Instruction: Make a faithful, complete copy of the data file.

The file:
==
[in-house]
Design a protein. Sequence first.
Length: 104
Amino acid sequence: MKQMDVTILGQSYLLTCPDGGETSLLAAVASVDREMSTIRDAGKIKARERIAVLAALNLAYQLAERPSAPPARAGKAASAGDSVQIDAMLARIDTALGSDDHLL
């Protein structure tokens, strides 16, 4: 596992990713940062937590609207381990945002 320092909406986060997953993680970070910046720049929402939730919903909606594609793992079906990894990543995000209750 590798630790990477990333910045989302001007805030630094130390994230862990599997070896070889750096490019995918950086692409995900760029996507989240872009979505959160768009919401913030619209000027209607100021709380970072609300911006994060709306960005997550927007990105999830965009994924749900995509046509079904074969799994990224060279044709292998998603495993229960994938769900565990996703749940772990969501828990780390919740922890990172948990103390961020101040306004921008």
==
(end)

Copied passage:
[in-house]
Design a protein. Sequence first.
Length: 104
Amino acid sequence: MKQMDVTILGQSYLLTCPDGGETSLLAAVASVDREMSTIRDAGKIKARERIAVLAALNLAYQLAERPSAPPARAGKAASAGDSVQIDAMLARIDTALGSDDHLL
């Protein structure tokens, strides 16, 4: 596992990713940062937590609207381990945002 320092909406986060997953993680970070910046720049929402939730919903909606594609793992079906990894990543995000209750 590798630790990477990333910045989302001007805030630094130390994230862990599997070896070889750096490019995918950086692409995900760029996507989240872009979505959160768009919401913030619209000027209607100021709380970072609300911006994060709306960005997550927007990105999830965009994924749900995509046509079904074969799994990224060279044709292998998603495993229960994938769900565990996703749940772990969501828990780390919740922890990172948990103390961020101040306004921008």